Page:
Recipe - Torta di Mele della Nonna
From forbidden fruit to a panacea for good health, the apple has accompanied us since ancient times and is one of the most widespread fruits all over the world. Discover a few interesting facts about apples and try our recipe for a traditional apple cake from Italy.
Origin of the Apple
The apple has been part of our diet since time immemorial. In fact, the actual fruit of the apple tree (Malus domestic), a plant belonging to the Rosaceae family native to Central Asia, is the core of the apple. Although in common parlance we call it a fruit, in botanical terms the apple ( as well as pear and strawberry) is considered to be a "false fruit". It was already known to ancient civilisations including the Mesopotamians, Egyptians, Greeks and Romans. In addition to being a food, it was also used as a natural remedy to treat various ailments. After a period of agricultural neglect following barbarian invasions, apple trees for a long time flourished only in the wild. It was around the 15th century that they began to be cultivated again thanks to the work of monks in monasteries who created high-quality grafts and varieties. It continues to be one of the most widely cultivated fruit trees to this day. There are around 7000 varieties of apples originating in different countries and vary by colour, size, texture, flavour and nutrients.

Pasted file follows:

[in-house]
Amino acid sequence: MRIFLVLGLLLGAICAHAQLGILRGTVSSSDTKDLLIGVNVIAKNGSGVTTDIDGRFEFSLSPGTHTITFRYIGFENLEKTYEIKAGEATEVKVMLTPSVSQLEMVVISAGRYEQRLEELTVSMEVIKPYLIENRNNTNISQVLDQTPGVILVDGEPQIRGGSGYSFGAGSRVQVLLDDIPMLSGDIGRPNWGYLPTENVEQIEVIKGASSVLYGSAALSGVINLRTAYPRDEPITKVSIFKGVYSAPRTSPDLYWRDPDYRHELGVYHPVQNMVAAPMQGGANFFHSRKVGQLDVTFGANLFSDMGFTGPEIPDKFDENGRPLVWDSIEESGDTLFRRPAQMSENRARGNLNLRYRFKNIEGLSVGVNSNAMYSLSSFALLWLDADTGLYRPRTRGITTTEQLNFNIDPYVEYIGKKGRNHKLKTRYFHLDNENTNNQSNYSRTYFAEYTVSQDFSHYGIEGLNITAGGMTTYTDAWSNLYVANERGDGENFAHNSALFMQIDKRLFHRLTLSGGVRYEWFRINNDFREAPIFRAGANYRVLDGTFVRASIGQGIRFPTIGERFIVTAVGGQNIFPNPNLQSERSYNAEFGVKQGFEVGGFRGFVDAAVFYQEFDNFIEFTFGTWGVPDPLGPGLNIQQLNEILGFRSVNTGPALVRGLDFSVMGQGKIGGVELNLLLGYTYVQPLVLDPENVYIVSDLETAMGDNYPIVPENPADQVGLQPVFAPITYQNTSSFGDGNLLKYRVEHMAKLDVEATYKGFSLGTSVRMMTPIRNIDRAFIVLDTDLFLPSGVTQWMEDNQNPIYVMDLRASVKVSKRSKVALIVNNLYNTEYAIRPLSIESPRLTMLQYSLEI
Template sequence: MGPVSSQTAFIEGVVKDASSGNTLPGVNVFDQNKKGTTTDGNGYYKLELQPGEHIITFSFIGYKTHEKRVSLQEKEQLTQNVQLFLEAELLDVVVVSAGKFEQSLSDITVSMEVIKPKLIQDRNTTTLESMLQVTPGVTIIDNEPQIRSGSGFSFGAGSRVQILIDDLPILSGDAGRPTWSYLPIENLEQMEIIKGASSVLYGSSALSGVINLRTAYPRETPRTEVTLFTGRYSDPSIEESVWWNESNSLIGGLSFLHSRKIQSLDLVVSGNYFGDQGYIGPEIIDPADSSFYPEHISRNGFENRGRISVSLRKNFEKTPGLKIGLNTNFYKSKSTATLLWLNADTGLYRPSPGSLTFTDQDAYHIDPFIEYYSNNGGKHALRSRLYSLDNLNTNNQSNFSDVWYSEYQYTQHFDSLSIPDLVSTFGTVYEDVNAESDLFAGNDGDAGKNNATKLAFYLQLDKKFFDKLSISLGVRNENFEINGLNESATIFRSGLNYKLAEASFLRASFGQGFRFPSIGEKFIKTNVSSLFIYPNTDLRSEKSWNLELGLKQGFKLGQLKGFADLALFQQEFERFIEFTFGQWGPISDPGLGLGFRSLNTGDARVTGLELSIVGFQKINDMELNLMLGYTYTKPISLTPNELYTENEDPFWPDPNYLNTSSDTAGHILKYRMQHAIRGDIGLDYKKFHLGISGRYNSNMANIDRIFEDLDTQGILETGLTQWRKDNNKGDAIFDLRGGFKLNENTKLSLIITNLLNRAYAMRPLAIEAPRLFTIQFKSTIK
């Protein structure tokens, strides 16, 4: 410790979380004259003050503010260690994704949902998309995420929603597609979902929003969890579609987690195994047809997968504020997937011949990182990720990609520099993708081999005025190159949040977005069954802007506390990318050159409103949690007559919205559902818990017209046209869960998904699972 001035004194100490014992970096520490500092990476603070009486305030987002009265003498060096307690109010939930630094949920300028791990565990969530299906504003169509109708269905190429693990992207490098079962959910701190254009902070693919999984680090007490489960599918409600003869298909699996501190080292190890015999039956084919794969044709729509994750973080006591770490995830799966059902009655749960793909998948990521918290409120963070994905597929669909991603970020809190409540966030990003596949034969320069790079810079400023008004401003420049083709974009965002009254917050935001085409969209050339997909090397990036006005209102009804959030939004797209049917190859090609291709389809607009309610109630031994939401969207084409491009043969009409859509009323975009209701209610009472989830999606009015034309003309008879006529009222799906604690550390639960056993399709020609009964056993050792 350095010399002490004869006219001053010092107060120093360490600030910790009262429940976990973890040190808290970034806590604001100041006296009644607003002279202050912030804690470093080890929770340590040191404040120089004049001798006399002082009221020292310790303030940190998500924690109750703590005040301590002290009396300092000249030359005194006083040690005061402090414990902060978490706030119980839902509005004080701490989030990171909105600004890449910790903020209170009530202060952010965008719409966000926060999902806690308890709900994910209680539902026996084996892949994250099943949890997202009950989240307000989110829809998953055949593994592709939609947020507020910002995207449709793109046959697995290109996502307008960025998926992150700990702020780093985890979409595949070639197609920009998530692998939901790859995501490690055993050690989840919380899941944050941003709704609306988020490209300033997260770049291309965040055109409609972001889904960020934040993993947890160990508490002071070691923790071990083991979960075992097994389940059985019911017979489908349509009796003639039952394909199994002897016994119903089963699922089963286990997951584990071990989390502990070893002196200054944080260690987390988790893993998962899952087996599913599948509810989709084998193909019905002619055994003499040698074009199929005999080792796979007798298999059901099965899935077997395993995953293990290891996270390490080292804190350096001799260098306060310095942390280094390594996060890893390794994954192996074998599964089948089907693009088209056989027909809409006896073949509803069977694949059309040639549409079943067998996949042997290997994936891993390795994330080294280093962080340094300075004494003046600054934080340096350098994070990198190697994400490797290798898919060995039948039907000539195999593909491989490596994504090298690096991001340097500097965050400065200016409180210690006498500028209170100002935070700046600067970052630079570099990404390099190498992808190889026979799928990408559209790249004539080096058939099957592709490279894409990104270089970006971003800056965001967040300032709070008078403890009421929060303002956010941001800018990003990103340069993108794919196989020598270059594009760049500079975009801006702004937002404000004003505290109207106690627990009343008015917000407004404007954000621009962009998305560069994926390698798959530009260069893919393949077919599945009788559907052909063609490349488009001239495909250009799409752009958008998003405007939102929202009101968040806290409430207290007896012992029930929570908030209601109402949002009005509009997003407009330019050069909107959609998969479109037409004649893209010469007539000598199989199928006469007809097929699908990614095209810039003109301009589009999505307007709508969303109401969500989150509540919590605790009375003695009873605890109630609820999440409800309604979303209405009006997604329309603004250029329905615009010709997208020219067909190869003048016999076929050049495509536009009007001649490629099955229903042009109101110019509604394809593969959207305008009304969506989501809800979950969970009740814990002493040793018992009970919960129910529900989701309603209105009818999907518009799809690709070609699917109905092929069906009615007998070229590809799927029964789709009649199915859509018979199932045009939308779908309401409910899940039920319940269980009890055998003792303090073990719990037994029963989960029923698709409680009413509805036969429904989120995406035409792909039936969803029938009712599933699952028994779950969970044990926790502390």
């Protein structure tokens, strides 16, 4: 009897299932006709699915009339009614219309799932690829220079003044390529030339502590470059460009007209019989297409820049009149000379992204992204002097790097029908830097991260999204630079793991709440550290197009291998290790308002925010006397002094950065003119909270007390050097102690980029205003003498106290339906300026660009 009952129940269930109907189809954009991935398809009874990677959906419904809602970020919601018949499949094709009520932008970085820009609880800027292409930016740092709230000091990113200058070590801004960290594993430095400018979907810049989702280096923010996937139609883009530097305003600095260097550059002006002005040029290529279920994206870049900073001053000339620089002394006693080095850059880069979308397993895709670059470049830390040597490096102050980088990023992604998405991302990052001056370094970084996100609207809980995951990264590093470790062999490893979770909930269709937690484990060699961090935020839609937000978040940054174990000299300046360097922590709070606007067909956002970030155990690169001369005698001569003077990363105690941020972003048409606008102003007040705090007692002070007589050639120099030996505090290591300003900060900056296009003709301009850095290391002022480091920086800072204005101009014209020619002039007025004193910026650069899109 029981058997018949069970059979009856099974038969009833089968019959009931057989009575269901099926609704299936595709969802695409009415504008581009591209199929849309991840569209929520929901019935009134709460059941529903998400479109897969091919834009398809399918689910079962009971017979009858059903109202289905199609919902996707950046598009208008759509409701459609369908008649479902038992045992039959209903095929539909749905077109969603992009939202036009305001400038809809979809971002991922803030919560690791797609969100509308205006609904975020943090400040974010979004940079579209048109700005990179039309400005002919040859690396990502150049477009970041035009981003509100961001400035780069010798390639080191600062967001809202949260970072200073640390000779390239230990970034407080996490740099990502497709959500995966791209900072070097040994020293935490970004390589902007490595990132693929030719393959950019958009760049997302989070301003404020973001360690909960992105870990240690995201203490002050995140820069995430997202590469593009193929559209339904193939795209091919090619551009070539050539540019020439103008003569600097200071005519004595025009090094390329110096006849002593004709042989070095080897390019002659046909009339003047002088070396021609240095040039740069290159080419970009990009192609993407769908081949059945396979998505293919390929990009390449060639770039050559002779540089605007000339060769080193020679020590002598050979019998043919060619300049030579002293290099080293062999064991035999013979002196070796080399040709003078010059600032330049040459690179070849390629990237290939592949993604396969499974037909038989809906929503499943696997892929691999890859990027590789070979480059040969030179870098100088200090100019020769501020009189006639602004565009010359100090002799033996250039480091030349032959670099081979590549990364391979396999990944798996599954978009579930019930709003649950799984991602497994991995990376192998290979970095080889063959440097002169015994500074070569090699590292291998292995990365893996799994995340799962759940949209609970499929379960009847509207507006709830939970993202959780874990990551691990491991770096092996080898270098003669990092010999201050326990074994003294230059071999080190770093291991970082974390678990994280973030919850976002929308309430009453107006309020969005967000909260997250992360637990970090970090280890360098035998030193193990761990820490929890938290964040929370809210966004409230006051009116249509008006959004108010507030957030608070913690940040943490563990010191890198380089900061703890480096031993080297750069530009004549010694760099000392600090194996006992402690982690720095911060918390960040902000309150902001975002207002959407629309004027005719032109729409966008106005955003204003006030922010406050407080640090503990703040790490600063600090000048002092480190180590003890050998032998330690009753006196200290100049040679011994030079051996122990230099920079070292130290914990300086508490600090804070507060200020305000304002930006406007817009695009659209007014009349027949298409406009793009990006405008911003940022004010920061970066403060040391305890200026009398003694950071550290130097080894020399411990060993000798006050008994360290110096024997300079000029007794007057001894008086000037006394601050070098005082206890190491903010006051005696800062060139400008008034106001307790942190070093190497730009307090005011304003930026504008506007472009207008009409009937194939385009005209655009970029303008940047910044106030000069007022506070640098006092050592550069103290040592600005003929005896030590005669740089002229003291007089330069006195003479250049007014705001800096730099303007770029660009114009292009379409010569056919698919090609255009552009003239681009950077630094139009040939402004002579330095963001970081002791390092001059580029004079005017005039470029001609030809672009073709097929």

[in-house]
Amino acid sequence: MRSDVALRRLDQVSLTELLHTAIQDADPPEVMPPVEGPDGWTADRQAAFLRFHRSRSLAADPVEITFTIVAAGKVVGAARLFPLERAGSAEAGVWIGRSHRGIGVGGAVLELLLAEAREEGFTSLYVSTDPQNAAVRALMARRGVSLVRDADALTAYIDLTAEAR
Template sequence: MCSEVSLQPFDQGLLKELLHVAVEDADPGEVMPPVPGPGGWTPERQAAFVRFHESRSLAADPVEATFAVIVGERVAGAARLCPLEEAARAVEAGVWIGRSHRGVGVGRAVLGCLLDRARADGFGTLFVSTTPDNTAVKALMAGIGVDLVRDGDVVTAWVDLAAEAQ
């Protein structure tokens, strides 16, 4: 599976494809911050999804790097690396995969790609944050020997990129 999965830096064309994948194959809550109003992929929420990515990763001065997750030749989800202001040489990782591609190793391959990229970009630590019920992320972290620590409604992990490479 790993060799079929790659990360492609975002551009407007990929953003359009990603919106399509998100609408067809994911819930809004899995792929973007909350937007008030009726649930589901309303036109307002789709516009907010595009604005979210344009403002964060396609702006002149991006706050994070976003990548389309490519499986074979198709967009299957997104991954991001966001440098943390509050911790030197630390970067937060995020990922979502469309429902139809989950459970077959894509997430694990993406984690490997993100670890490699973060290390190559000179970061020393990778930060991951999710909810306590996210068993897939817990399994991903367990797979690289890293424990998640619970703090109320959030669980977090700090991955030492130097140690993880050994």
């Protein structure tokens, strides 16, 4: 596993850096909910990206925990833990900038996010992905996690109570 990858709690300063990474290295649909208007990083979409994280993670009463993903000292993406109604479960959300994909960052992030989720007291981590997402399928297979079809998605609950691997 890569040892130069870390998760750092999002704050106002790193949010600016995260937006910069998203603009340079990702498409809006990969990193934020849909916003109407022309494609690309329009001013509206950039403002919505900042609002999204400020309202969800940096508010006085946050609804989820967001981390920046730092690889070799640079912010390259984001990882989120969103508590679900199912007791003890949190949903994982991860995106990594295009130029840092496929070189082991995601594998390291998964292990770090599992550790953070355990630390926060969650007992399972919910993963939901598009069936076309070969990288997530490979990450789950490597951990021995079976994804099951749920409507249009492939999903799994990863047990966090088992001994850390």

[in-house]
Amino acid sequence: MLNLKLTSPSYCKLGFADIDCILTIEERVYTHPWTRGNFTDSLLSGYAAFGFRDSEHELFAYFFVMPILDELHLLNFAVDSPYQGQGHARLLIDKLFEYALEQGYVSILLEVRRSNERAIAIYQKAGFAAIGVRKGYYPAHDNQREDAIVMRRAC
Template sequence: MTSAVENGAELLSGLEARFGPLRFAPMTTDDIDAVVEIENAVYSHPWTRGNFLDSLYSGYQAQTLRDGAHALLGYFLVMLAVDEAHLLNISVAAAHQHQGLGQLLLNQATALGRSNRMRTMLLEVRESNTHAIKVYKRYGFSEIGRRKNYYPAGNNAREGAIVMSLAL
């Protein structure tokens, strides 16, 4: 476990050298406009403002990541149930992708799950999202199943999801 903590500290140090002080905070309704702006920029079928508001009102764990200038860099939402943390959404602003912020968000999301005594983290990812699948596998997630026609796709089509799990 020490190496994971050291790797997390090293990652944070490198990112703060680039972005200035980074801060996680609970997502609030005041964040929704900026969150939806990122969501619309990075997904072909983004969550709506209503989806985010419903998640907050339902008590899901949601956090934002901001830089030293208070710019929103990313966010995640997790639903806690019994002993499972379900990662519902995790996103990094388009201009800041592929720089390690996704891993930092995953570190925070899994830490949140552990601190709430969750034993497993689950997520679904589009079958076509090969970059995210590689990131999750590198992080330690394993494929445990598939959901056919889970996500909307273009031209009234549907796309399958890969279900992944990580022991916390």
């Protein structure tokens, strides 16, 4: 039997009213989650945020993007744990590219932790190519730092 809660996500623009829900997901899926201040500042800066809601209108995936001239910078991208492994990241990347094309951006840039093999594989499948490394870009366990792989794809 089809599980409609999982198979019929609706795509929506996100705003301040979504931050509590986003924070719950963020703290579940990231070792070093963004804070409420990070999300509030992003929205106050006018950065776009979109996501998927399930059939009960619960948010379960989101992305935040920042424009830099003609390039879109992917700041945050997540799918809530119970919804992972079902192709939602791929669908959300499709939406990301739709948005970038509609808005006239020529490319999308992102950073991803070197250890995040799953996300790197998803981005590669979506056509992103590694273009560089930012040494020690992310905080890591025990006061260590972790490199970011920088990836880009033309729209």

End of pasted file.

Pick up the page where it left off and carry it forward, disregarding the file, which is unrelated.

Myths, Legends and Symbolism
There are innumerable myths surrounding the apple. The first one that comes to mind is the "forbidden fruit" in the Garden of Eden. Even though there is no mention in the Bible of the "Tree of Knowledge" being an apple tree, this belief was widespread in Western Europe starting in the Middle Ages. This was consequently transmitted to the figurative arts. Then there is the "apple of contention" given by Paris to Aphrodite which led to the famous Trojan War. Greek mythology is teeming with myths where the apple plays a starring role. As we approach more modern times, we have the famous apple that fell from a tree and inspired Sir Isaac Newton's law of gravity. Or the apple of William Tell, the famous Swiss hero and skilled archer, who saved his little son's life by precisely hitting an apple on his head. How can we not mention the poisoned apple given to Snow White by the evil witch? Nowadays New York City is known as the Big Apple. The origin of the moniker is probably due to a variety of factors but it became truly popular after it was used in a promotional campaign by the New York tourism authorities in the 1970s. The apple was also the symbol used by Steve Jobs for the company he founded (Macintosh) which was subsequently named Apple. We could go on and on and on...